Evangelicals, Catholics, And Orthodox Together: Is The Church The Extension Of The Incarnation? -- By: Mark R. Saucy

Journal: Journal of the Evangelical Theological Society
Volume: JETS 43:2 (Jun 2000)
Article: Evangelicals, Catholics, And Orthodox Together: Is The Church The Extension Of The Incarnation?
Author: Mark R. Saucy


Evangelicals, Catholics, And Orthodox Together: Is The Church The Extension Of The Incarnation?

Mark Saucya

The nature of Christ’s relationship to the Church and the Church’s role in salvation have been points of dispute among the Christian traditions since the days of the Protestant Reformation. 1 Recent gatherings of evangelicals, Catholics, and Orthodox for dialogue indicate that questions of ecclesiology will continue to command attention for dialogue to proceed fruitfully. Of particular interest in the current context are indications of an openness from some evangelicals to the usual Catholic and Orthodox charge of being weak in ecclesiology. One evangelical, for example, reflecting on his own encounter with Orthodoxy states, “… it is understandable that evangelicals feel that the Orthodox doctrine of the church is too ‘high.’ But perhaps our theology of the church is too ‘low,’ much lower than our Protestant forebears would have it.” 2

At the heart of the issue for “high” and “low” ecclesiologies is the interpretation of the apostle Paul’s words to the Corinthian believers in 1 Cor 12:27, “… you are Christ’s body.” Typically Protestants take the body image to be a metaphor not unlike the other images the NT uses to discuss the nature and function of the Church. As Paul’s favorite metaphor for the Church, the body image particularly illuminates the grand Pauline theme of Christ’s union or communion with his Church. 3 Catholics and Orthodox, by contrast, see 1 Cor 12:27 as more than mere metaphor and particularly as a simple statement of reality proving that the relationship of the Church and Christ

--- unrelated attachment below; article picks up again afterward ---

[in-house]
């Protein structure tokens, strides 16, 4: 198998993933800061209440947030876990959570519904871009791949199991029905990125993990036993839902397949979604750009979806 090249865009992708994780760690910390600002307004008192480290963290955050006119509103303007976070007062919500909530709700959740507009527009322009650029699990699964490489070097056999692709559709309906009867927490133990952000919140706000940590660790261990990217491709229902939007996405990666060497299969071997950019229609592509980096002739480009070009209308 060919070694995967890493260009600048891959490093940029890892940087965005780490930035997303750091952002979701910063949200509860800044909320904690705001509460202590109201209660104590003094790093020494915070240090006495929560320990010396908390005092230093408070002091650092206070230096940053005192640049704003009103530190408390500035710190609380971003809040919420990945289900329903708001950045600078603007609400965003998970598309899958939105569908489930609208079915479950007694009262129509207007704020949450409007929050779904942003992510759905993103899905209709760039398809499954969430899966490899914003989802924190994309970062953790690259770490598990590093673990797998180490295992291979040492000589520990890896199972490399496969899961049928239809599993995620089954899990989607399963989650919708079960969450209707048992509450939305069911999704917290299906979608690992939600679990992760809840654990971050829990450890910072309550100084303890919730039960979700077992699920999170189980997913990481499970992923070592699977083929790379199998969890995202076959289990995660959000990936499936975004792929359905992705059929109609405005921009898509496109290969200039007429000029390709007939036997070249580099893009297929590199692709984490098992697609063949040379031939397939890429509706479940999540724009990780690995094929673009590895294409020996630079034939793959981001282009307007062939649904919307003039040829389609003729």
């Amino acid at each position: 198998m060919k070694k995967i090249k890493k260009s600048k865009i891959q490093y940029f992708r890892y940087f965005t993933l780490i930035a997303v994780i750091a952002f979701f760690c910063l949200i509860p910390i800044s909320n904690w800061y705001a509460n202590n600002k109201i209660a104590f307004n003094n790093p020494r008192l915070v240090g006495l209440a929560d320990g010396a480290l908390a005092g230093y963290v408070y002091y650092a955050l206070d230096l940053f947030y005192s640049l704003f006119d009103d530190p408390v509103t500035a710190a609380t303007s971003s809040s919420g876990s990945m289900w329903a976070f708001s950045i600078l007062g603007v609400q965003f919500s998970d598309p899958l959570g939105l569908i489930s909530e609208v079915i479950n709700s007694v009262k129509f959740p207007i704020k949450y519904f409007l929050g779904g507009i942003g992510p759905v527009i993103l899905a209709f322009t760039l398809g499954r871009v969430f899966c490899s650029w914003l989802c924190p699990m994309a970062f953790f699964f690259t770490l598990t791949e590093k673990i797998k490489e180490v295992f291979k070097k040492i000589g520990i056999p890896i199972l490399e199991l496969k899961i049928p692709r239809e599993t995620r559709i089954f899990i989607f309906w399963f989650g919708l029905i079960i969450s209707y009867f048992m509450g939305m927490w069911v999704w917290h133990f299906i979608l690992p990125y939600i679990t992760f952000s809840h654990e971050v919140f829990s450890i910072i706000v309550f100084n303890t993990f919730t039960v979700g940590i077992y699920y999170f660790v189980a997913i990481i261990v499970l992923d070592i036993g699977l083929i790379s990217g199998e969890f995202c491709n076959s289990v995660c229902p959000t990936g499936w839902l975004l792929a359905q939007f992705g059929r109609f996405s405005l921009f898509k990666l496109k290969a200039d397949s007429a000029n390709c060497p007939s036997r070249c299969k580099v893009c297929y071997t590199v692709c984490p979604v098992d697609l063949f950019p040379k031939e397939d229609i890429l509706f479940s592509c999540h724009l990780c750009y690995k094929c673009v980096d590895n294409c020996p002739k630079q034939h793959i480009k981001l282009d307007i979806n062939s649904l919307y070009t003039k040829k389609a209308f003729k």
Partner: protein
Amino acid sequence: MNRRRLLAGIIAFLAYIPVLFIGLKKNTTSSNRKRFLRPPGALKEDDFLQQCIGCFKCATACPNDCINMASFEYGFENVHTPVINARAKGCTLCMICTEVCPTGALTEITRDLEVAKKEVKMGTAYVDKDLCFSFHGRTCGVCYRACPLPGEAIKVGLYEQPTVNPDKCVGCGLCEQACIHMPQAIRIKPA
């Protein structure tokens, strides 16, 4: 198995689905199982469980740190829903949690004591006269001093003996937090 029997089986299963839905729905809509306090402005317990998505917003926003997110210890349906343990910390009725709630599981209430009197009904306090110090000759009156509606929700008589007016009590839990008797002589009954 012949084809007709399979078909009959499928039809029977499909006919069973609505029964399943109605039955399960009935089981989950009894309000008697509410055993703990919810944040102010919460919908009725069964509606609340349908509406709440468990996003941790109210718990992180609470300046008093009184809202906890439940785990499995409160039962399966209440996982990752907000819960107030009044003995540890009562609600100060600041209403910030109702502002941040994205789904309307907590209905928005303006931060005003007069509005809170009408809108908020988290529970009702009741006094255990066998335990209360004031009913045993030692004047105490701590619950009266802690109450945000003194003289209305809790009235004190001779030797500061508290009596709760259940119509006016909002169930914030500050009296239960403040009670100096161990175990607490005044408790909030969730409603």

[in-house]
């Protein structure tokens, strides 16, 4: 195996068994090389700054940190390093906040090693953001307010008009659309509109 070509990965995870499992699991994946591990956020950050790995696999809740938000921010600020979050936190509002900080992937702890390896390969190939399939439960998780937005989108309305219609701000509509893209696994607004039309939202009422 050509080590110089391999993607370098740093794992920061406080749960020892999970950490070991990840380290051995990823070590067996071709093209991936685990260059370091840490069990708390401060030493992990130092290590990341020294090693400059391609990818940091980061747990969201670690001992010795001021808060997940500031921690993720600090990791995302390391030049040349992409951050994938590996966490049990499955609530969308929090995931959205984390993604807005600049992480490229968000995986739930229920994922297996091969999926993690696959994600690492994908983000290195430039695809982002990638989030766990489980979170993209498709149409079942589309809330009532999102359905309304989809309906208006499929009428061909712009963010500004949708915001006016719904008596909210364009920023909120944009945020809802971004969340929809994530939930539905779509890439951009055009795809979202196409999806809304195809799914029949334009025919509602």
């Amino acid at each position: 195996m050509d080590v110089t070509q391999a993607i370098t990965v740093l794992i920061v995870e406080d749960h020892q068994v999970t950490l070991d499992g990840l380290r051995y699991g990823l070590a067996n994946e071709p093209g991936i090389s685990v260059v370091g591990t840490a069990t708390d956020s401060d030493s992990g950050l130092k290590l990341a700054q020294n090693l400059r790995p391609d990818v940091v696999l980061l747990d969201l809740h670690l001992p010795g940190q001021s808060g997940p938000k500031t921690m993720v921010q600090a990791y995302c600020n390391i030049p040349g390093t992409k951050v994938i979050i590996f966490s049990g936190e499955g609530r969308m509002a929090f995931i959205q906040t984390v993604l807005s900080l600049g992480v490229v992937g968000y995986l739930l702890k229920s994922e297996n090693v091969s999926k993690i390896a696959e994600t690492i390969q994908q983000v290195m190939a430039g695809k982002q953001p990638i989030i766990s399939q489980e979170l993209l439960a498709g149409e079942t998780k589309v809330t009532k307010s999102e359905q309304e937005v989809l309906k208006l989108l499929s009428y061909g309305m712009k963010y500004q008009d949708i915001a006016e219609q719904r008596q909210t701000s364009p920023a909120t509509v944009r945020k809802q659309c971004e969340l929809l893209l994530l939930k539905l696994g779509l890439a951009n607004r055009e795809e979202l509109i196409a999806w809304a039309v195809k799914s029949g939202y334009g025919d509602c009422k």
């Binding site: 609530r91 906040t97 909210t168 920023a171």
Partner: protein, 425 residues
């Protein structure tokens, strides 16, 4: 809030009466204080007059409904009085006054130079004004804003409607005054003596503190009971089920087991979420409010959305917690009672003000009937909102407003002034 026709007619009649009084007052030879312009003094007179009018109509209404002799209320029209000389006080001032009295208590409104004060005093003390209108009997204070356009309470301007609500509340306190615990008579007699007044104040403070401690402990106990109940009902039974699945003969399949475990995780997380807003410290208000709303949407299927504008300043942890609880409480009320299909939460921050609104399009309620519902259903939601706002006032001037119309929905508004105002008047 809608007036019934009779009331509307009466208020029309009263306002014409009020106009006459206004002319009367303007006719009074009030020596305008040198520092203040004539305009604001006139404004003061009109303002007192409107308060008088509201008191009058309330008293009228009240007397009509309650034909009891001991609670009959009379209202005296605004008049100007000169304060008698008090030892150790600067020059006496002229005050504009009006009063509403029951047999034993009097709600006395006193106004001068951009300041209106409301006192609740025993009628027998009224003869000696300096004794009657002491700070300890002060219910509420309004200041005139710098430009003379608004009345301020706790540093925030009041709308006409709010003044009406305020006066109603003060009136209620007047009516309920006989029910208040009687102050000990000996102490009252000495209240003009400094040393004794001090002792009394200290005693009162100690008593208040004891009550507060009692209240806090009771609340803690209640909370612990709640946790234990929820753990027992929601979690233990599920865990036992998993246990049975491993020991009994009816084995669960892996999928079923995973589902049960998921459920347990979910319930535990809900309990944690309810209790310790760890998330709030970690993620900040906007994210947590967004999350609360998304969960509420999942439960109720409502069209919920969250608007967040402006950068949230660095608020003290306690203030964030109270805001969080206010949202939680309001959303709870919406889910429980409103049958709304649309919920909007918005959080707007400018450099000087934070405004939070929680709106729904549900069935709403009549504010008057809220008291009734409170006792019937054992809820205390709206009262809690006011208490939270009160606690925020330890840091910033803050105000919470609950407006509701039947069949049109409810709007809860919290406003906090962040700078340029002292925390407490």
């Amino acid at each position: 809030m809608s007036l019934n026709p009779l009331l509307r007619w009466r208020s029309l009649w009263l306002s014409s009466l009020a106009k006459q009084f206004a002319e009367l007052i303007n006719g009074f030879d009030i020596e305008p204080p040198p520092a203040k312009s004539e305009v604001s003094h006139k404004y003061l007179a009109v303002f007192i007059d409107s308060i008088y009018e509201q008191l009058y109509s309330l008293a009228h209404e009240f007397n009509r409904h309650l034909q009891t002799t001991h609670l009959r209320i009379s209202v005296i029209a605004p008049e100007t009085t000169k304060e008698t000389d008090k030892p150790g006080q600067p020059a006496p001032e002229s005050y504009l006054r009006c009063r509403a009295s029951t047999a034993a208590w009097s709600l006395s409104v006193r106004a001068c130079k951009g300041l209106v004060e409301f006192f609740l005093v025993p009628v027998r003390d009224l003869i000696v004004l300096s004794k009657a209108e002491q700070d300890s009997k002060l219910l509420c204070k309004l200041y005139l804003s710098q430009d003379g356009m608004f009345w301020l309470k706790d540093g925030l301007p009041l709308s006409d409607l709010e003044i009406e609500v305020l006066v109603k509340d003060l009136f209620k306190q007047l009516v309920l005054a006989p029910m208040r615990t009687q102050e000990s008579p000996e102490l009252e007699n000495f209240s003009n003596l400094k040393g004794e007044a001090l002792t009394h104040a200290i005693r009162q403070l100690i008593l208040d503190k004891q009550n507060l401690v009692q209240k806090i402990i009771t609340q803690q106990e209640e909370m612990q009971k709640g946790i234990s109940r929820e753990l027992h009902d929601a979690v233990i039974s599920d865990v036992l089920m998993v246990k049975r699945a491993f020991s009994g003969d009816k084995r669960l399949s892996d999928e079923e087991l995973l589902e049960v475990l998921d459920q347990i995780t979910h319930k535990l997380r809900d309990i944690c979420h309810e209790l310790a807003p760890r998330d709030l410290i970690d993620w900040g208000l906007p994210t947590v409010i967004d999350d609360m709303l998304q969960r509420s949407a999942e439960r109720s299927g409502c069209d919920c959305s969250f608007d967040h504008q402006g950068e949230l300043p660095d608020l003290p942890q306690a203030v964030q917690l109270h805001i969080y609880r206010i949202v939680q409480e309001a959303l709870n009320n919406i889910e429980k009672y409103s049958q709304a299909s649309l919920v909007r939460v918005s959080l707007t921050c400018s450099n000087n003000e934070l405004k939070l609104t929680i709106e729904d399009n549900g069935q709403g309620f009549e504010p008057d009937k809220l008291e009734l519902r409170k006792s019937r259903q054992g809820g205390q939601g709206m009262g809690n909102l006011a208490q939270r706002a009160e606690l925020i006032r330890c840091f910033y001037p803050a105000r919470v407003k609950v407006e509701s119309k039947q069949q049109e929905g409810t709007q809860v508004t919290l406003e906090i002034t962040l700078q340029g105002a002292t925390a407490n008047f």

should be seen more in terms of identity. 4 This interpretation is illustrated by appeal in these traditions to Chalcedonian christology whereby the Church, like the God-man, is the mysterious union of the divine and human natures in the eternal person of Christ. 5

Taken to this extent, the incarnation as an analogy of the church is acceptable to Protestants; there is a divine and human component in the Church’s gatherings. But Catholics and Orthodox raise the stakes in their use of incarnation theology to make the claim that the union of divine and human in the Church actually makes a new single acting subjec...

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